Bill Woodall

Bill Woodall

Skies were clear, it was cold and I knew almost nobody in the small cluster of 30 or so people milling around at the World’s Richest Acre Park.

I was still living in Bullard two weeks after I’d bought a business here. On a Saturday in November, I’d driven back to Kilgore for the evening, an observer of the annual derrick lighting ceremony.

The predecessor of 2020’s Very Derrick Christmas was uncrowded and lightly scripted.

On the sidewalk fronting Commerce Street, almost exactly at the center of that line of restored oil derricks, a wooden, make-believe “switch” about four feet tall stood ready. Across the street near the old depot a panel of electrical boxes offered genuine switches.

Several of those on hand offered thanks to Kilgore Historical Preservation Foundation for resurrecting Kilgore’s historic, industrial skyline.

Under the derricks, a local celebrity connected to either the oilfield or KHPF or both, “threw the switch.” Across the street, in the shadows beside the depot, someone flipped the real switch and Kilgore’s resurrected derricks were suddenly a miniature galaxy of lighted stars.

I’m disappointed that I don’t remember who had the honor of lighting the derricks that year. My excuse is that I was new in town and I hadn’t yet figured out whose oilfield roots ran the deepest.

I do know the whole thing lasted about 15 minutes. I shook the hands of those I’d met earlier and was introduced to a few more, clambered back into my car and drove back to Bullard. It seemed a bit anti-climactic.

Over the next couple of years, the event grew. Under the direction of, first, Deanna Covin and then Debbie Dane, local entertainers performed on the Winter Elder Stage at the World’s Richest Acre, folding chairs were hauled in and then hauled away.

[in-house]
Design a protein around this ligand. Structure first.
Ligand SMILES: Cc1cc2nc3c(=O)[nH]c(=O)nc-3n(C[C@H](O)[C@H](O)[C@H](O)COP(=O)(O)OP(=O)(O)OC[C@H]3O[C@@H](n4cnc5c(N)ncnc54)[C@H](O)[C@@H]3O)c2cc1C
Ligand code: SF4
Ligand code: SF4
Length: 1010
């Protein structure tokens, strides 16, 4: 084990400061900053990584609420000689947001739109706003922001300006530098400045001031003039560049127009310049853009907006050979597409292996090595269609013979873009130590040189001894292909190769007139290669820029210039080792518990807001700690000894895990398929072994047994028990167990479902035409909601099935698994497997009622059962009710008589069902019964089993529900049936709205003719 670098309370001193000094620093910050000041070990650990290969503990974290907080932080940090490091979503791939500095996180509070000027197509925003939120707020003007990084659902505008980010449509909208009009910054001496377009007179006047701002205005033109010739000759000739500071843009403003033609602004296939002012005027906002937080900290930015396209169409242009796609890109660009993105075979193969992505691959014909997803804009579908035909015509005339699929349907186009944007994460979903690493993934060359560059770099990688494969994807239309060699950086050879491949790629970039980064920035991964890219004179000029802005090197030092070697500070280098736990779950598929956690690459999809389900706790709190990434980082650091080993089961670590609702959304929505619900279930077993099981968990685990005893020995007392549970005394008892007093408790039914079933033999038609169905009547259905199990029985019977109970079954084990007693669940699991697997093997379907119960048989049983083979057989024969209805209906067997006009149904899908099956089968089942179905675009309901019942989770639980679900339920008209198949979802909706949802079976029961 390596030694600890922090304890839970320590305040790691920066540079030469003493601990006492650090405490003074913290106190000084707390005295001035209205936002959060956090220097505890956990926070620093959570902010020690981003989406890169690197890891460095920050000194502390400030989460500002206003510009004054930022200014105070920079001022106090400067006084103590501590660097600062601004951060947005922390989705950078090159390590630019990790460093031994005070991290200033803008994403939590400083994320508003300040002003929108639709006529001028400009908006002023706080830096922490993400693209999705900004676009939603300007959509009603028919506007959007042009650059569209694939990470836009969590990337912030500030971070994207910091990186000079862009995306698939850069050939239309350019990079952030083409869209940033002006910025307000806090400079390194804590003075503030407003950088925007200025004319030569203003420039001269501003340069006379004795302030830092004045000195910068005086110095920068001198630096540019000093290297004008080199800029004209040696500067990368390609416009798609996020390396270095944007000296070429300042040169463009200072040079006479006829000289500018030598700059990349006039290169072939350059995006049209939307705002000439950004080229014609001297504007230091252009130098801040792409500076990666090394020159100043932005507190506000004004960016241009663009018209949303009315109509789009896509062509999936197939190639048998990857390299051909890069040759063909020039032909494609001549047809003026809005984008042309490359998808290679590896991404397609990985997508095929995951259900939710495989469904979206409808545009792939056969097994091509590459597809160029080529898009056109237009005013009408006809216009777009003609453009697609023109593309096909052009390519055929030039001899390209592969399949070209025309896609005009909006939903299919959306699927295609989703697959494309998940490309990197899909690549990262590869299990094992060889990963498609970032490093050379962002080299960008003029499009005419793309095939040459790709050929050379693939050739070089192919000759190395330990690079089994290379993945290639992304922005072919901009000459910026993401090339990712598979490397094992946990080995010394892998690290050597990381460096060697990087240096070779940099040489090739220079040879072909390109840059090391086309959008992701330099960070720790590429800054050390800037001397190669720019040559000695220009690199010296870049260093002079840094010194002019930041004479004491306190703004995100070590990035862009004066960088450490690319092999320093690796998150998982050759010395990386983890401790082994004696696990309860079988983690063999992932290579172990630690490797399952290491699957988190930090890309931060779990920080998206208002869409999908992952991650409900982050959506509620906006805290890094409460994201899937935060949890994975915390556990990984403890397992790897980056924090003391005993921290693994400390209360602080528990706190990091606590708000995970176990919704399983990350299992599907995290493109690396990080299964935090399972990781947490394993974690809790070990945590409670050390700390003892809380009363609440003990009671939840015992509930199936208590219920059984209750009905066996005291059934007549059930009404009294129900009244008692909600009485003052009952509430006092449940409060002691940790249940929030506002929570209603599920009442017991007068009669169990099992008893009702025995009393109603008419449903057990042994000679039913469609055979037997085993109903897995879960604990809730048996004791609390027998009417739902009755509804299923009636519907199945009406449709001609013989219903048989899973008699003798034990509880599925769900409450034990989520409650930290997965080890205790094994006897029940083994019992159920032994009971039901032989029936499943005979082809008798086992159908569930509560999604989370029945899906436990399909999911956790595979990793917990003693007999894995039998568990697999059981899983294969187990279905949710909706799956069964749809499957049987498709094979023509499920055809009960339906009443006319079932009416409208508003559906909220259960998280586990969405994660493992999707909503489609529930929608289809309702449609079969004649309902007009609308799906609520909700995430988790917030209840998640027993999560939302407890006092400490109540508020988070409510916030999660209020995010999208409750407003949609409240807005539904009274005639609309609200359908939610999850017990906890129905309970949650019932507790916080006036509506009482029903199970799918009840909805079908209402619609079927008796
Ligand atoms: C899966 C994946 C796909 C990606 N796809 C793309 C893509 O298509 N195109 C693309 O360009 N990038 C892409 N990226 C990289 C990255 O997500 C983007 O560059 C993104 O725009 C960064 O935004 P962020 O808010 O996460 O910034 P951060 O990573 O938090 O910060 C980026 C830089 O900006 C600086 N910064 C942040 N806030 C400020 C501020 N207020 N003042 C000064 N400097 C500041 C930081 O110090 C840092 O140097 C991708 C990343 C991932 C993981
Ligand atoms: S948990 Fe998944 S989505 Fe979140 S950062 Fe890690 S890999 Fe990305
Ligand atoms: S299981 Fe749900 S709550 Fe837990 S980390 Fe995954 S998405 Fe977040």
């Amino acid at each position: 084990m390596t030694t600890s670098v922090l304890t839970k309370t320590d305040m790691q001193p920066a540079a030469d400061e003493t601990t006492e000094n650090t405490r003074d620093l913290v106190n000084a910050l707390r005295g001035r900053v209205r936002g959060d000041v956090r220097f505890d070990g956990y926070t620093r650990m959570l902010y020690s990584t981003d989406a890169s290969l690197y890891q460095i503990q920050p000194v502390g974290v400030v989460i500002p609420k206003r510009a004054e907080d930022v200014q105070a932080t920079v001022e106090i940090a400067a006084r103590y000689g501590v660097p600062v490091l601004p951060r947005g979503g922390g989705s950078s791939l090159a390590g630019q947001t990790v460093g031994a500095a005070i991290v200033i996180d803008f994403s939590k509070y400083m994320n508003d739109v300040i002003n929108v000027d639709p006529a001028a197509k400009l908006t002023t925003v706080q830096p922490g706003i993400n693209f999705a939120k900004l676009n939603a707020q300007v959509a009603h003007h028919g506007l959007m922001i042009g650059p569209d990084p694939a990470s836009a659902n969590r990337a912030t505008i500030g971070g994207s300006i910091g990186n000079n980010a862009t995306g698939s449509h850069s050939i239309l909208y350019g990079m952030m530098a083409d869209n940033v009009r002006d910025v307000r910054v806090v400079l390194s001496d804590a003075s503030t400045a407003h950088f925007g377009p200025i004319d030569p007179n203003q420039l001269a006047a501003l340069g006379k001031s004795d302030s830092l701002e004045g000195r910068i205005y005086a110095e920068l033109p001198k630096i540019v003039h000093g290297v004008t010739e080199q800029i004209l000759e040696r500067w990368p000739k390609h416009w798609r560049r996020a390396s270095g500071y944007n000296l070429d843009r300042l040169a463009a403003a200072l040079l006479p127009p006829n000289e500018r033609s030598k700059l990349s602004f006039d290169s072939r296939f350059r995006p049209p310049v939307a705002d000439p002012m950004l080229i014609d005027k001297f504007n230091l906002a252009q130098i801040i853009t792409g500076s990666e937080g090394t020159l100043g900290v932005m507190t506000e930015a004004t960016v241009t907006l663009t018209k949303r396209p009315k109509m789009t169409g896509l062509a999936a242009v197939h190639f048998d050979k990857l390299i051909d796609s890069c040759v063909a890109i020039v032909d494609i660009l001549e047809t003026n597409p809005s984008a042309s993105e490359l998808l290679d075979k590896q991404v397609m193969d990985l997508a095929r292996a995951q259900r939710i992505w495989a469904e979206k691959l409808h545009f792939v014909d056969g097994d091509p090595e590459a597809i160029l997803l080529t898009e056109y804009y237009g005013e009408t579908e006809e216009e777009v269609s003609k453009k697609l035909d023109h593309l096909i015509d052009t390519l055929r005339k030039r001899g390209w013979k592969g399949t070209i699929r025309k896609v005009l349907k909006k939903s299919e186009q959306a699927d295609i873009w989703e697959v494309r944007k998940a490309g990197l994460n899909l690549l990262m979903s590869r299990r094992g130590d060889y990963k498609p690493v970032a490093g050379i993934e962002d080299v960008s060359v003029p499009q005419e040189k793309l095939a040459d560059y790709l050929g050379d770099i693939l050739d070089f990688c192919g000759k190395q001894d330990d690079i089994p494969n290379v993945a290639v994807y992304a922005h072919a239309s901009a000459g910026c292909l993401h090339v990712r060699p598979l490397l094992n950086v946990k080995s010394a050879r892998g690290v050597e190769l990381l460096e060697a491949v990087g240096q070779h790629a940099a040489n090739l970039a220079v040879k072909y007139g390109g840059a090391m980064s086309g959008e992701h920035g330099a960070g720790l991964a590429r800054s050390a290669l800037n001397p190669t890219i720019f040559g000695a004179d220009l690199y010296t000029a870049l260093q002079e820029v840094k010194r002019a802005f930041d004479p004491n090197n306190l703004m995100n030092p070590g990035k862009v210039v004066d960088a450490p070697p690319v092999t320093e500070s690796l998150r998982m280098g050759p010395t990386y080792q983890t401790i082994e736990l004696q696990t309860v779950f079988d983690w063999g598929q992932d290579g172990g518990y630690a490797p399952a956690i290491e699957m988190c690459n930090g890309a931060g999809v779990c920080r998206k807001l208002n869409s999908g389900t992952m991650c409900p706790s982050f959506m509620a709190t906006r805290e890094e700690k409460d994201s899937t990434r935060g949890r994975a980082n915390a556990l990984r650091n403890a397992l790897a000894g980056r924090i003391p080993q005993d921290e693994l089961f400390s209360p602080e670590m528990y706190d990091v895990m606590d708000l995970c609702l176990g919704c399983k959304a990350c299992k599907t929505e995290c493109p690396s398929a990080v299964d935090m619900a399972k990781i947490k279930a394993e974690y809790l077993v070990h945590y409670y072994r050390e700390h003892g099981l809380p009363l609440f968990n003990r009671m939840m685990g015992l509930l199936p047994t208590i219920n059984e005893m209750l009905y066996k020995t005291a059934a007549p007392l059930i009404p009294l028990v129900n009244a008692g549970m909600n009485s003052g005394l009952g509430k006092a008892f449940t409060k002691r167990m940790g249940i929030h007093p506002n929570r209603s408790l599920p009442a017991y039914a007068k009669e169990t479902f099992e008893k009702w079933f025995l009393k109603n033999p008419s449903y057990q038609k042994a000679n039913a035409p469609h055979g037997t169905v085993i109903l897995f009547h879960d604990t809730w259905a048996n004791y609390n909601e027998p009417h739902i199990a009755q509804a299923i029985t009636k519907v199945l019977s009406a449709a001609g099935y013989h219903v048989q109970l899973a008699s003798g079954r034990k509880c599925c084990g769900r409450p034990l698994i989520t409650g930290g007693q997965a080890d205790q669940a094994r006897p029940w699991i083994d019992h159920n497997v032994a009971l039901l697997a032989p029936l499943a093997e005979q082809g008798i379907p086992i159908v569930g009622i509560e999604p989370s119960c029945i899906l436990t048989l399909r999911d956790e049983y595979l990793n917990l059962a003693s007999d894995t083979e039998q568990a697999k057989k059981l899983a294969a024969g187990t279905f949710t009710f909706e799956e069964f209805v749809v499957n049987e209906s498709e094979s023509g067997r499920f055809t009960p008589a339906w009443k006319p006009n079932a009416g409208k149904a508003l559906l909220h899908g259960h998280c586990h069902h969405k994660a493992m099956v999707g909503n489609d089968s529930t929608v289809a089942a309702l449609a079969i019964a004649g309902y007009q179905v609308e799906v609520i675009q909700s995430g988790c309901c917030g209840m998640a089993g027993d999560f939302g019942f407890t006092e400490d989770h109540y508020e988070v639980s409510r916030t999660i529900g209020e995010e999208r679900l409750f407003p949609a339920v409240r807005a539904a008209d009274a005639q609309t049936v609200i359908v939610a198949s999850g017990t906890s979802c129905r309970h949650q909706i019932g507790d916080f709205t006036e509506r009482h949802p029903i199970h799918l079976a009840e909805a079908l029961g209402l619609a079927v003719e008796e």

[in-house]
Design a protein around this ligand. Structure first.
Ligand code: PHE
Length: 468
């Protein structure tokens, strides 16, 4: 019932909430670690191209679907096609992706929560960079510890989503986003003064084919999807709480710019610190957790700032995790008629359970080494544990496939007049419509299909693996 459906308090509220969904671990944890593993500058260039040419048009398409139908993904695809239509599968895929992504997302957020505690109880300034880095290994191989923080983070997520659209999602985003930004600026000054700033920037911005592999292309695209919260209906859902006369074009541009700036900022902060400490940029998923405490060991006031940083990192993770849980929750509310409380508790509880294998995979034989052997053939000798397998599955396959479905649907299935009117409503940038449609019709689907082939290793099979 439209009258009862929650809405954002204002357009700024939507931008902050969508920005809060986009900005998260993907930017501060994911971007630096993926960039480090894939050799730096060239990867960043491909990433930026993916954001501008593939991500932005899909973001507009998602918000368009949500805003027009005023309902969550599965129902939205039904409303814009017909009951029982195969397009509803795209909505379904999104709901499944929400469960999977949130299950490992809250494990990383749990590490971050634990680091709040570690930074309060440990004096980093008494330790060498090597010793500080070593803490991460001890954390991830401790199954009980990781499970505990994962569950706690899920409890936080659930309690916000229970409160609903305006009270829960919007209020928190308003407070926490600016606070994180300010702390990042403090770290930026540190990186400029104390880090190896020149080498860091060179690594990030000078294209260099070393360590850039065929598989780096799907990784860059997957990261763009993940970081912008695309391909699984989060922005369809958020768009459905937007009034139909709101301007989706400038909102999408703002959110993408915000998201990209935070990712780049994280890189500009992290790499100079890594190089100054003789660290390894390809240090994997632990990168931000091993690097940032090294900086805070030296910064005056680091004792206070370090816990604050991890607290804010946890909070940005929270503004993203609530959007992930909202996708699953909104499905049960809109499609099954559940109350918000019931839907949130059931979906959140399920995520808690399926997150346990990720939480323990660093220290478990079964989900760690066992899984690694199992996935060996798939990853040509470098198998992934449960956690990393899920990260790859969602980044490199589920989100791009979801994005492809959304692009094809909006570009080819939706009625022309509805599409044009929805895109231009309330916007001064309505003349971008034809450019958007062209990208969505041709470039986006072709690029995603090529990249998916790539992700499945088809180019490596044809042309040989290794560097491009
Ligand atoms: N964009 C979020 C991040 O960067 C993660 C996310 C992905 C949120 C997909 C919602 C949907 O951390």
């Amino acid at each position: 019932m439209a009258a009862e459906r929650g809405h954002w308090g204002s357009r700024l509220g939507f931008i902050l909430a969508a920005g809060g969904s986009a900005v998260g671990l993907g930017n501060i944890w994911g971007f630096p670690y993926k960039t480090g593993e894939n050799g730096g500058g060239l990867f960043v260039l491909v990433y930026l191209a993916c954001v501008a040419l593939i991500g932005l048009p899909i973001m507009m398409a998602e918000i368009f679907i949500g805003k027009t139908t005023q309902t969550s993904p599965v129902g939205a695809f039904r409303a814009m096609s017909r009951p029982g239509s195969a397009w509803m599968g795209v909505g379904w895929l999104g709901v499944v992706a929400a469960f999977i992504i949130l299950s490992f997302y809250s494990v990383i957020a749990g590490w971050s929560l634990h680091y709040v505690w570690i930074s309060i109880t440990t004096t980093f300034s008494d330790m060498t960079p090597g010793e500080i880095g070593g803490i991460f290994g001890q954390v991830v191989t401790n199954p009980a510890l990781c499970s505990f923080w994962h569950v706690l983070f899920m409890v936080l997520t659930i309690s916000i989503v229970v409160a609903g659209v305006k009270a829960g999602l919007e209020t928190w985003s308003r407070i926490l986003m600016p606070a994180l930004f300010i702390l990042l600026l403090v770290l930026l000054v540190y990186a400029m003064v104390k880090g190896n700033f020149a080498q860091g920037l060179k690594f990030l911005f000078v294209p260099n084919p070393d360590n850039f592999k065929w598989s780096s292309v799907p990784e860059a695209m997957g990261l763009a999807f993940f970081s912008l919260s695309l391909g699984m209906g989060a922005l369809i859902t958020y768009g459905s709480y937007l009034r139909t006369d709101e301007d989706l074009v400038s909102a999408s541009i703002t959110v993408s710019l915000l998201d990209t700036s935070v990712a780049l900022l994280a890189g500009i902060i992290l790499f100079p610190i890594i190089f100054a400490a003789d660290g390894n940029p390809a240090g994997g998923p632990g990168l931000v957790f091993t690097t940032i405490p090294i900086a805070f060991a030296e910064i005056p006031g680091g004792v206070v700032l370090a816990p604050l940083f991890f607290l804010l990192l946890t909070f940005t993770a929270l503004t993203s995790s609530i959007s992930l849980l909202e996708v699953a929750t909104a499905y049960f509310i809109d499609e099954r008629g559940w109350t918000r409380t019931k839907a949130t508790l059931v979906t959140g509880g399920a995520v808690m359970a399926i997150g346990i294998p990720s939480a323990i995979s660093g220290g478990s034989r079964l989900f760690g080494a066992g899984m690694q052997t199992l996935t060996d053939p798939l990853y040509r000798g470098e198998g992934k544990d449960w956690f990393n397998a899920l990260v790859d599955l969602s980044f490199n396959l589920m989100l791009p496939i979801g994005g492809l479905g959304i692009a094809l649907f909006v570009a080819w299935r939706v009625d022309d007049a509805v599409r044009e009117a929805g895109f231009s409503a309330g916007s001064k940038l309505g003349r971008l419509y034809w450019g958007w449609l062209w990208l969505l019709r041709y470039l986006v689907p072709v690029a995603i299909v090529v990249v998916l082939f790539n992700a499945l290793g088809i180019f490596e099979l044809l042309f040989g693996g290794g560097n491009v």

Parents and grandparents of the entertainers swelled the audience. The big, wooden switch was still the centerpiece and someone still stood in the shadows to turn on the lights.

Again this year a crowd many times larger than that crowd 19 years ago will gather to watch as one or two individuals – folks instrumental in the continuing success of Kilgore – will manhandle the 4-foot tall wooden switch.

Someone will still stand in the shadows by the depot. And again, downtown will be lit by the illuminated stars on 60-some derricks.

This year’s derrick lighting, guided by KHPF and the Kilgore Area Chamber of Commerce with an assist from Kilgore Main Street, will be the centerpiece of what has become the community’s signature festival.

An afternoon and evening of entertainment, food booths and purveyors of carefully-crafted holiday gifts will begin at 3 p.m. Saturday, Nov. 14. At 7 p.m, that switch will be thrown again and the stars will light up.

Unlike in previous years, folding chairs will not be provided. Because of concerns engendered by Covid-19, you’re being asked to bring your own chairs and sit with your group, ideally a few feet from other groups. The giant, inflatable slide was also a victim of The Plague.

And unlike those earliest years – but in keeping with changes over the last decade – the wooden switch and the celebrants will be on a flat-bed trailer at the corner of Main and Kilgore Streets.

Derricks at the Word’s Richest Acre will still provide the backdrop and those with deep roots will again reminisce about the days when 1100 derricks provided a skyline like no other.

Watch the News Herald for details about the list of entertainers and other holiday events that will crowd the community calendar over the next six weeks.

The writer is a former newspaperman now a full-fledged Kilgoreo who regrets that he landed here so recently.

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